If you’re lucky enough to own one of the beefed-up Xbox One X consoles, then certain Xbox 360 titles offer an “Xbox One X enhanced” mode. These games feature higher resolutions, faster and more consistent frame rates and generally run much better than they ever did on the original consoles.

However, thanks to the reliance on emulation, it’s unlikely that every previous-generation game will be added to the list. At least not when it comes to the Xbox One. With the more powerful Xbox generation on the horizon, we may very well see the list of compatible titles expand dramatically.

The 10 Best Couch Co-op Games For The PS4

Historically, one of the best things about video game consoles was the ability to plug in a second controller, plop down on the couch with a friend, and have an absolute blast playing a game together on one screen. PC gamers had to put together a LAN party, which is awesome but requires a lot of preparation. Console gamers just had to, well, switch the console on.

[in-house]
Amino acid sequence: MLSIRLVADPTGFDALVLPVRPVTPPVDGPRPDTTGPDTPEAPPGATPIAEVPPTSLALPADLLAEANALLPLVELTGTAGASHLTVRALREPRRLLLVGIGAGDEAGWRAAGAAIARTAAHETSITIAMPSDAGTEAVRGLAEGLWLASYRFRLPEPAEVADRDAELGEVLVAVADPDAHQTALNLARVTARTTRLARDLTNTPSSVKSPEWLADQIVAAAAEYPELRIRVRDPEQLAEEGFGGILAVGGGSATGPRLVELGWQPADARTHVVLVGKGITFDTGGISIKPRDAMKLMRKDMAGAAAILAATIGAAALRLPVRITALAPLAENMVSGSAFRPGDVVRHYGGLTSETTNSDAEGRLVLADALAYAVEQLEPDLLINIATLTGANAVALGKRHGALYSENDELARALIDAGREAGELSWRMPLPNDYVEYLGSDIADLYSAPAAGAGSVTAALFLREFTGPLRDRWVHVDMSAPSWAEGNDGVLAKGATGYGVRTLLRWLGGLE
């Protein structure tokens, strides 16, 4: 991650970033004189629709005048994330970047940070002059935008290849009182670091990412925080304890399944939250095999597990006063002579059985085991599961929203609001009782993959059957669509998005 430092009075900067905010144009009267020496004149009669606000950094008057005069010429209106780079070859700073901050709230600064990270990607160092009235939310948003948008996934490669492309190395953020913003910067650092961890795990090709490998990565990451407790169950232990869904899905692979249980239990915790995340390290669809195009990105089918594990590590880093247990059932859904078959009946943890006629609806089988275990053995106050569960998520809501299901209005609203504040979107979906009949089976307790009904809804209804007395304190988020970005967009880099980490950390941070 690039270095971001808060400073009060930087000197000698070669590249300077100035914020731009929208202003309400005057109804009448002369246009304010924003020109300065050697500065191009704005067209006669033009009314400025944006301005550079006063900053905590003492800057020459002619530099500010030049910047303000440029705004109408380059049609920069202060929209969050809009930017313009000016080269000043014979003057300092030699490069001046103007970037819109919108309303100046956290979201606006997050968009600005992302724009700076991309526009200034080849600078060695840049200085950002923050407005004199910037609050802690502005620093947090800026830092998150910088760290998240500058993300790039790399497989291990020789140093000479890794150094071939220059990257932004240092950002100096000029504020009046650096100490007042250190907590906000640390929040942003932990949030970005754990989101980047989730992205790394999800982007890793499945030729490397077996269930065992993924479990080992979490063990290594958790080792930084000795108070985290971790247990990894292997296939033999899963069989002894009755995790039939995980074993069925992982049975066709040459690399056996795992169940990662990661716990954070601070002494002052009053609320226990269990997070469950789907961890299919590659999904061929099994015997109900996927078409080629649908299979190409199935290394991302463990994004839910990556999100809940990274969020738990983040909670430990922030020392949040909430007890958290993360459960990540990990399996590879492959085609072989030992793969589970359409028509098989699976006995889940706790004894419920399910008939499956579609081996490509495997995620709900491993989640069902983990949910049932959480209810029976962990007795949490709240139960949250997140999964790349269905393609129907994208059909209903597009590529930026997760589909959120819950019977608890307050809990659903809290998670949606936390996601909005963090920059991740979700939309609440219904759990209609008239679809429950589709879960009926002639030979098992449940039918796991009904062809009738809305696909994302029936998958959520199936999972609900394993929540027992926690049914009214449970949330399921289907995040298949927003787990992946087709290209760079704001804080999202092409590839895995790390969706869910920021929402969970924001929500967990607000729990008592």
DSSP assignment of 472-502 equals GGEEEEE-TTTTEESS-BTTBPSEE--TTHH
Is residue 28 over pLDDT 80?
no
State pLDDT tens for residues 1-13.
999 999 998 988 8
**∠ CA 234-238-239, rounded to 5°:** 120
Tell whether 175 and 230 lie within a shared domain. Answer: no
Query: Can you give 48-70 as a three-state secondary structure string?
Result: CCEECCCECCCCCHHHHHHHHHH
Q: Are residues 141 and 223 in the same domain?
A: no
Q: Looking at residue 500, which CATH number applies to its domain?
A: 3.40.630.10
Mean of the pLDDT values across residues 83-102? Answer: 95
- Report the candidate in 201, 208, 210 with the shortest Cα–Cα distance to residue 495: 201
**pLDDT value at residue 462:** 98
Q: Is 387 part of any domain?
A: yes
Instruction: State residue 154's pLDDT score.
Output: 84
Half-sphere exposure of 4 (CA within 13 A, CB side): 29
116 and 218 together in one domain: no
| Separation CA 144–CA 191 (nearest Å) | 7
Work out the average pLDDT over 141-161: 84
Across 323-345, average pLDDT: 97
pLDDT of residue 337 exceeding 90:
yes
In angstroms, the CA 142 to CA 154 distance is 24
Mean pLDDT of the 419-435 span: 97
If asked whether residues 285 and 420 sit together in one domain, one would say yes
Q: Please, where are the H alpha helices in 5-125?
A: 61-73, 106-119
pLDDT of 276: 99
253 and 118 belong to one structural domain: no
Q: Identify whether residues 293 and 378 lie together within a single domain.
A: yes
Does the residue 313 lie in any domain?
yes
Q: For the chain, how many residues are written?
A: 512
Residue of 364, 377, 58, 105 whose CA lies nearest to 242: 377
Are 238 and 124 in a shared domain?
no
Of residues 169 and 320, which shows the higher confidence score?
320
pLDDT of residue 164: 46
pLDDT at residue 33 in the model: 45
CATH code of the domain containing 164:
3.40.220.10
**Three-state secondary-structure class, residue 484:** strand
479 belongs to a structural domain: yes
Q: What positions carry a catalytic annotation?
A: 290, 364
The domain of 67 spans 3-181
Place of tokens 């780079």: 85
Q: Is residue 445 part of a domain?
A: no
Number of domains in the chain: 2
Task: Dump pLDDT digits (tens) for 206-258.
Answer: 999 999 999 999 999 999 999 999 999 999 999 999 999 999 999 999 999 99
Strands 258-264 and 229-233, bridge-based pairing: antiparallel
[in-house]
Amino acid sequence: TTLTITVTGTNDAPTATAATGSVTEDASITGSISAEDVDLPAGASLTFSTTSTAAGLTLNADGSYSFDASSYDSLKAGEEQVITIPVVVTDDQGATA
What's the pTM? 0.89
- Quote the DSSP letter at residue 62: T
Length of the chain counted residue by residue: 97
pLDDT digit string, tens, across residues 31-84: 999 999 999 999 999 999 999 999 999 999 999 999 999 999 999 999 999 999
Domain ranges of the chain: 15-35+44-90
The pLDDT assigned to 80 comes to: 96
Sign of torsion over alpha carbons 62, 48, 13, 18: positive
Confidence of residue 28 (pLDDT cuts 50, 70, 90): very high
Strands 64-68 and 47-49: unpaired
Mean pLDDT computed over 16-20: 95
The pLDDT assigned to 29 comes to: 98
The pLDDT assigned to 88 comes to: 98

Sadly, those days seem to be behind us when it comes to home consoles. Local multiplayer on a single console and screen is a rarity, even on the most popular console of this generation – the PS4. Honestly, it sometimes seems that the only reason to have a second controller for your PS4, is to swap it out when the controller battery dies. 

Except, if you know where to look, there are some truly awesome Playstation 4 games that you can play with someone in the same room. Here are 10 (unranked) PS4 couch co-op games you can play with whoever you can convince to sit down and grab a controller.

Diablo III: Eternal Collection

The first Diablo revolutionized the computer role-playing world and it even got a console release on the PS1. However, until the advent of Diablo III on consoles, no one had really nailed this traditionally mouse-centric genre using a controller.